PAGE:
However, if we go further back than Perrault, the pupa disappears and the color reappears. According to Gessica Sakamoto Martini, an anthropologist familiar with the roughly 600 variants of the Cinderella tale, older tales rarely fit the pattern of “a passive girl who weeps waiting for something to appear that saves her without doing anything.” do to change her situation, until all her unhappiness with her marriage to the prince is suddenly erased”.



For example, in Basile’s La Gatta Cenerentola (1634), the heroine kills her stepmother and persuades her father to marry her governess. In some Greek versions of the story, the sisters murder and eat their mother: the heroine collects her bones and smokes them like kippers for 40 days and 40 nights – an act that turns them into gold, diamonds, and the beautiful dress she wears She meets the prince. A Danish variant obliges the heroine to fight trolls in a forest of copper and gold, accompanied by a magical bull.

Others see Cinderella use an animal skin disguise to avoid the threat of incest in the family home, or reveal her true identity to the prince by dropping a jeweled ring in his soup. “What’s special about the Cinderella story,” says Martini, “is that it shows us that even in a situation of powerlessness, we can actively reclaim our freedom and agency.”

When a ballet company puts on Ashton’s Cinderella, their freedom is limited. The choreography – a kind of satire on the conventions of the Bolshoi of the 1940s – cannot be changed. The new Royal Ballet and National Ballet of Canada production at the Royal Opera House will find other ways to make its mark on the story – not least through the work of video designer Finn Ross, whose digital imagery will generate the environment through which the dancers will move. “You have to be careful there,” he says. “People have been living with this choreography for 75 years. You’ve got a pretty precious jewel on your hands that you mustn’t screw up too much.”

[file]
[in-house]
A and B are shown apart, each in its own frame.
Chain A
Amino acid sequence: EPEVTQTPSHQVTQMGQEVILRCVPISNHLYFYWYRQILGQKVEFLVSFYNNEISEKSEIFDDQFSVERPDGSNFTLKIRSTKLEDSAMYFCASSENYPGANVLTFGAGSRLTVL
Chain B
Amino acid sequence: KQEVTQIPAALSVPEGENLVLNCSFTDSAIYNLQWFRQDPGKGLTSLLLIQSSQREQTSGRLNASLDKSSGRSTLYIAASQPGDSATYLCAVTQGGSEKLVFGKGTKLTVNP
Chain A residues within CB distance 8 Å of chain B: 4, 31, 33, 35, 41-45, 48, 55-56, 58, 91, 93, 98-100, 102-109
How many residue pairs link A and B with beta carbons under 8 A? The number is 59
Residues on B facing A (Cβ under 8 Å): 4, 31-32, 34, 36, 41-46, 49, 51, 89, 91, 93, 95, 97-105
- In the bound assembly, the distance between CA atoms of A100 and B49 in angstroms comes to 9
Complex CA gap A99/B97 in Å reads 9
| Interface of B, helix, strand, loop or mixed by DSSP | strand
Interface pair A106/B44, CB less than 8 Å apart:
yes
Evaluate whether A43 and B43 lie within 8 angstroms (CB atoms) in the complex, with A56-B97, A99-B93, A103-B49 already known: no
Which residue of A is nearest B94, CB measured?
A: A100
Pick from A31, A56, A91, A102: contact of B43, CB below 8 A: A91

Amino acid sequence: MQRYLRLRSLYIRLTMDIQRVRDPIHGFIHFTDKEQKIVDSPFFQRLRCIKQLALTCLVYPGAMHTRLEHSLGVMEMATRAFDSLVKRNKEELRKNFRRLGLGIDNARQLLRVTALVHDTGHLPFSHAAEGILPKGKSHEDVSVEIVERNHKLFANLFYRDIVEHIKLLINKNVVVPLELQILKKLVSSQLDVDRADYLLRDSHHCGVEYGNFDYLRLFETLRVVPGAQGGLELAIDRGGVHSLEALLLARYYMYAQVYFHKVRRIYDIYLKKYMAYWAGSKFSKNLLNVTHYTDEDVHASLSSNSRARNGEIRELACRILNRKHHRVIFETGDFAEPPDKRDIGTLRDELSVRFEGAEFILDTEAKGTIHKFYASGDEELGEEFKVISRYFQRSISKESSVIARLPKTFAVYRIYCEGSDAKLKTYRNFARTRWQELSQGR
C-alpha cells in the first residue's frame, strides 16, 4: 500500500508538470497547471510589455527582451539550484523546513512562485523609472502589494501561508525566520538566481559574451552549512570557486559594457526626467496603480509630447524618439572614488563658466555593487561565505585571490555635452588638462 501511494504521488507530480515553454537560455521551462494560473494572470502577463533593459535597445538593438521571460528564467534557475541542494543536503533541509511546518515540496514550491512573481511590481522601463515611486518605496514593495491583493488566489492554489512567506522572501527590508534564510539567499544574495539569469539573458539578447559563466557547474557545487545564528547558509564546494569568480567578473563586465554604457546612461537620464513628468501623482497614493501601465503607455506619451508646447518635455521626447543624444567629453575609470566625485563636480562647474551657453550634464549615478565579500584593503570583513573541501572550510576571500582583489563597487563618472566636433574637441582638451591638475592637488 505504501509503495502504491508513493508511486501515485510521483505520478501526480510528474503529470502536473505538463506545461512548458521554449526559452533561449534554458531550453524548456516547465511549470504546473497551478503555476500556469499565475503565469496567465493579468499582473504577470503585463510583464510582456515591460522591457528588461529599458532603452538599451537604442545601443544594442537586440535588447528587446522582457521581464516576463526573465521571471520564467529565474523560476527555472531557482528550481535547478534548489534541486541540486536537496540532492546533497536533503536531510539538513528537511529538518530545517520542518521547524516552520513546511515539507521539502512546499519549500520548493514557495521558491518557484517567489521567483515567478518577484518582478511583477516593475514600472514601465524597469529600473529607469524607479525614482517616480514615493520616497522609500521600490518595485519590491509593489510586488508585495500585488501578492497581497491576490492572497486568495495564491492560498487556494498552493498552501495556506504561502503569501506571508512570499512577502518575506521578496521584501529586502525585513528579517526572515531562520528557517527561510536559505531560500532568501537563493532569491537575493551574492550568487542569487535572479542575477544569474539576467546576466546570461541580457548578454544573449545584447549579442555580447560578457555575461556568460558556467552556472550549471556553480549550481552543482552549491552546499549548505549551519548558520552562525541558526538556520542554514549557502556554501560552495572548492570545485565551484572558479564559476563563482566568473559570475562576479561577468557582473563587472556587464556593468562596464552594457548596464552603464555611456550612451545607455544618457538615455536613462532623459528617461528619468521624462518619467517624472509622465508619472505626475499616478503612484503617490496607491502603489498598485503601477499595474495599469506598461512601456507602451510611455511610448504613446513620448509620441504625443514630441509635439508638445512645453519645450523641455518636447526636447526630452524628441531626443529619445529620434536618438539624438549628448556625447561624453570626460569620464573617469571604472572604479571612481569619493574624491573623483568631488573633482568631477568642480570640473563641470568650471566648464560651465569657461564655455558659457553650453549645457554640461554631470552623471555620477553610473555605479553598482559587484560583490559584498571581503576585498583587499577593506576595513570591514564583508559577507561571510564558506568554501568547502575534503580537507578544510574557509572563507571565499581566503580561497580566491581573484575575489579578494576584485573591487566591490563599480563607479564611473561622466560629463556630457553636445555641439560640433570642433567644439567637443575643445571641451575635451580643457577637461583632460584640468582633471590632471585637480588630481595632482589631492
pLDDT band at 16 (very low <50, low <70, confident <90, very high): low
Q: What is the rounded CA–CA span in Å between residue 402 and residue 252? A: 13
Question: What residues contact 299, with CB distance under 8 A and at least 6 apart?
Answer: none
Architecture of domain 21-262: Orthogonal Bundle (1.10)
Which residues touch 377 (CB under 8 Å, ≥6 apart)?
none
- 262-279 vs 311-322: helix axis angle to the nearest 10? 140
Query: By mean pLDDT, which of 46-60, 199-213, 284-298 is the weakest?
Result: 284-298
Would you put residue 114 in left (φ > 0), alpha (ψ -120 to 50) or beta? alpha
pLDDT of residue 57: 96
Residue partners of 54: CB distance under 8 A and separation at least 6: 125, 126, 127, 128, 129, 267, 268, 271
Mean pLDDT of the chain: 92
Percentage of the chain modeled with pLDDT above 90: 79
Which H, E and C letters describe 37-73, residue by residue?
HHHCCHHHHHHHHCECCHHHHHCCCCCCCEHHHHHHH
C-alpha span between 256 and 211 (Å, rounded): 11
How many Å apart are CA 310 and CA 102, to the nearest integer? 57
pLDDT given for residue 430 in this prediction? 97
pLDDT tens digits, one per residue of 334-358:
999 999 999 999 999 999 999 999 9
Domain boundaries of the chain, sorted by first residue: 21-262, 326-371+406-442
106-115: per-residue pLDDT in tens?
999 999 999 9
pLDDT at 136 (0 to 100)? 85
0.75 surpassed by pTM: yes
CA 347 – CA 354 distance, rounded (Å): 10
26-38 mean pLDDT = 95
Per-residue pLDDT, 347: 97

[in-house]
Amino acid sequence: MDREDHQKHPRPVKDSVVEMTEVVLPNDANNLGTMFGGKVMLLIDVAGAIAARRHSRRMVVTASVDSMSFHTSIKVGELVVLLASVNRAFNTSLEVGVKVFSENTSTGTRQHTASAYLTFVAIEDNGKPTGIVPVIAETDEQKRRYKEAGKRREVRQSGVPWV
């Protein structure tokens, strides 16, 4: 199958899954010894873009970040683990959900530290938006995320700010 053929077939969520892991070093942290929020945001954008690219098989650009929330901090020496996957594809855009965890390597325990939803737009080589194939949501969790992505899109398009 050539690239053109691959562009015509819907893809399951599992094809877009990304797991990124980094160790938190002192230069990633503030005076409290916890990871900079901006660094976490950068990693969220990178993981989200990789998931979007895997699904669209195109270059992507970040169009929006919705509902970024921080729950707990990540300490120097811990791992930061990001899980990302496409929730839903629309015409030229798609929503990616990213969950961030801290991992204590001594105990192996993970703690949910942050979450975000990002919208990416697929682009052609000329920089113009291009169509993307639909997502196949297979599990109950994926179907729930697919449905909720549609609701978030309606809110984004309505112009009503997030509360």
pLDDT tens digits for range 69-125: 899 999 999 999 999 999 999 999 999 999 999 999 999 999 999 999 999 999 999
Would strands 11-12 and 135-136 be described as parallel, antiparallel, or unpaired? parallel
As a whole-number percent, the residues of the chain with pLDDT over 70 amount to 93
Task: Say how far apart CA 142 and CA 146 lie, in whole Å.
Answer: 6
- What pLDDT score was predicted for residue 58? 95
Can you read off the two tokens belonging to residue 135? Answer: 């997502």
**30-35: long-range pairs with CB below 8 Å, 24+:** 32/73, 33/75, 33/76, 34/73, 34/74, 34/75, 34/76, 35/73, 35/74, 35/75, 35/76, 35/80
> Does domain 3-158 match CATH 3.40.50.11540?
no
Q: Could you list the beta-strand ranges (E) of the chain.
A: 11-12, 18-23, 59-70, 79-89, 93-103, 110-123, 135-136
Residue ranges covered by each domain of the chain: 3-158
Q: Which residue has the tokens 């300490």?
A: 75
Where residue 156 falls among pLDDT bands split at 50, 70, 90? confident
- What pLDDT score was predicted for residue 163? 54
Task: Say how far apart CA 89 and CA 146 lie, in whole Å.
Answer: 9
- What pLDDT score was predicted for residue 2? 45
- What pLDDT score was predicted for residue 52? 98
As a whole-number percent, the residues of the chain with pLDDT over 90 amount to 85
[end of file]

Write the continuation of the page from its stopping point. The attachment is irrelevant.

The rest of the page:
However, Ashton was generous. He made the ballet itself the object of Cinderella’s desires. When we meet the heroine, she is dancing with her broom and dreams of being a ballerina. Instead of glass slippers, the fairy godmother gives her a stunning pair of pointe shoes. Dancing is the new life Cinderella dreams of. Ross isn’t told how he’ll be designing the space to accommodate those desires, but he will say that photographer Tim Walker’s magically realistic imagery was on his mood board. (Walker shot Tilda Swinton as the pale mystic with horns of backcombed hair and Sudanese-Australian model Duckie Thot as the edgy, non-blonde Alice in Wonderland.)

“The issue in these images is whether this is the world you see in the person’s mind or is that person inhabiting that image as reality? One could argue that none of this actually happens in Cinderella. Her escape to an alternate universe to deal with the misery she must live in? It’s like American Psycho. Is any of this really happening?” (This isn’t a made-up example: Ross created the American Psycho-Musical starring Matt Smith.) And the nature of their misery is clear to him. “The sisters know exactly what they are doing. You are engaged in an act of modern slavery.”

In the end, it’s always about the unlucky girl. The girl who works, unrewarded. The humiliated and abused girl. The girl who is forbidden to leave the house and uses magic to get what she wants. Walt Disney failed to capture Cinderella because the story of Cinderella is about escaping capture. It’s about a slave who finds both her freedom and her prince. This is a story that can do much more than entertain us for a night at the ballet or provide material for a bedtime story. It could upset the world.

The Royal Ballet’s Cinderella is at the Royal Opera House, London WC2 from 27 March to 3 May. Cards: 020 7304 4000; raw.org.uk